Cleverly billed as a 'mostly true story', Butch Cassidy (Paul Newman) and the Sundance Kid (Robert Redford) are definitely two of the most charismatic outlaws from the storied history of the Wild West. They are the leaders of the Hole-in-the-Wall gang filled with bank and train robbers who make their living taking the money away from the rich banks. Butch plans all the robberies and The Kid executes them. Because they are so successful and charming their legend grows, so much so that one town forms a 'super posse' to hunt down the two. Once they realize that the super posse is on their trail Butch and the Kid decide that they have to get out of the United States. After running to keep ahead of the posse by sheer luck they end up losing them. They realize, though, that they cannot go back.
Butch, the Kid and the Kid's girlfriend, Etta (Katharine Ross – Donnie Darko, The Stepford Wives) run off to of all places, Bolivia. The old saying that you can't teach an old dog new tricks rings true with these two and they are shortly back to their ways of thieving. Their luck definitely starts to run out when they are finally cornered and outnumbered by the Bolivian army. As they are used to being in tight scrapes the two try to figure a way out of this with their lives.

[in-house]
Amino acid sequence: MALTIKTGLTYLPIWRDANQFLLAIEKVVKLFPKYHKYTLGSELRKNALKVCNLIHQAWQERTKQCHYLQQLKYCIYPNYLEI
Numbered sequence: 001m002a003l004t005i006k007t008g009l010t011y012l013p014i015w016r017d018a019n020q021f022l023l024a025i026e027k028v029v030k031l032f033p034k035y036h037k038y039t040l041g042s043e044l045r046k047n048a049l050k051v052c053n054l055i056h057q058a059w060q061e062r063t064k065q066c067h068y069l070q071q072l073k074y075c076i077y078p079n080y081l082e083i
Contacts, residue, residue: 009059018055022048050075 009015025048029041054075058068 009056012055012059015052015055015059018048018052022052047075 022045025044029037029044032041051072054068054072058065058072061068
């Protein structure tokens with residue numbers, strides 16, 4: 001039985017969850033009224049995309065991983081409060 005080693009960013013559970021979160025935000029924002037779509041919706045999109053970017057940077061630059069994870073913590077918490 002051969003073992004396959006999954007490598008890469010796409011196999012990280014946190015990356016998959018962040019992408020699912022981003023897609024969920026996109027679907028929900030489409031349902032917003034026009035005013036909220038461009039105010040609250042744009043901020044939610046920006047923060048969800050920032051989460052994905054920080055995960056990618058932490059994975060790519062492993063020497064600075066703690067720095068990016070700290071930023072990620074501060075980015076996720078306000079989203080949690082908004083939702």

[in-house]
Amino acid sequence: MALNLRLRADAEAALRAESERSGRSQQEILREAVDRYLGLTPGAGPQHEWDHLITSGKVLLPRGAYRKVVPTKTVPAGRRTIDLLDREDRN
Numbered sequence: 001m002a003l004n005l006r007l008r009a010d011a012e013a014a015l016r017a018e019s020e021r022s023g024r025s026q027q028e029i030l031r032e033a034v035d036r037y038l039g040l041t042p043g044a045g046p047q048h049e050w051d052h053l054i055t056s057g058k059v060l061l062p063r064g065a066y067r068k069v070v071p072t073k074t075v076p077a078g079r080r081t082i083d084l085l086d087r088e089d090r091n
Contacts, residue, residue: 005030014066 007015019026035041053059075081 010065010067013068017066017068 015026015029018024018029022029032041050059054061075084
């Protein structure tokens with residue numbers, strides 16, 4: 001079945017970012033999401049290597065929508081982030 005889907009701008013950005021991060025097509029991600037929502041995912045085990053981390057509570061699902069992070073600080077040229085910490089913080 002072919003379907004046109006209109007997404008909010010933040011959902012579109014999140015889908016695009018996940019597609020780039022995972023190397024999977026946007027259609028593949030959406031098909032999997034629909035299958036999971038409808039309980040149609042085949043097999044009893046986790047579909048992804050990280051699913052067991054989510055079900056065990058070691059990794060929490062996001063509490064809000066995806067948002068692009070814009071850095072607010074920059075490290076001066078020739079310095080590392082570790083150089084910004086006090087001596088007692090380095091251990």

What can be said about this classic cowboy film? It won 4 Oscar Awards (Best Cinematography, Best Original Score, Best Original Song, and Best Original Screenplay) and it generally considered one of the best Westerns ever made. There are numerous reasons why. The chemistry between the leads is what makes the whole film. Newman and Redford actually seem like the buddies that they portray onscreen and everything they do seems so natural that they almost seem to be doing no acting at all.
Another strong suit of the film is the script by William Goldman (Misery, All The President's Men), which is funny and occasionally touching. It is consistently good all the way through. Though director George Roy Hill (Slap Shot, The World According to Garp) does a great job what stands out most is the way the film looks and was shot, which a large part of the credit must go to cinematographer, Conrad L. Hall (American Beauty, Cool Hand Luke). The film looks beautiful! The deserts, towns and scenic landscapes of the West never looked better. Even the music by revered composer Burt Bacharach (Arthur, The First Wives Club) is perfect with "Raindrops Keep Fallin' On My Head" being my favourite cowboy song ever.
There is very little not to like about this film, which is an adventure film that provided the impetus for moviemakers to start making more 'buddy' movies and it will also make you laugh. You cannot ask for much more from a film.
-1994 documentary: The Making of Butch Cassidy and The Sundance Kid
-25th Anniversary Interviews.
-All of What Follows is True: The Making of Butch Cassidy and The Sundance Kid
-The Wild Bunch: The True Tale of Butch and Sundance
-History Through the Lens: "Butch Cassidy and The Sundance Kid: Outlaws Out of Time"
-"Tent" deleted scene with commentary by George Roy Hill
-Alternate credit roll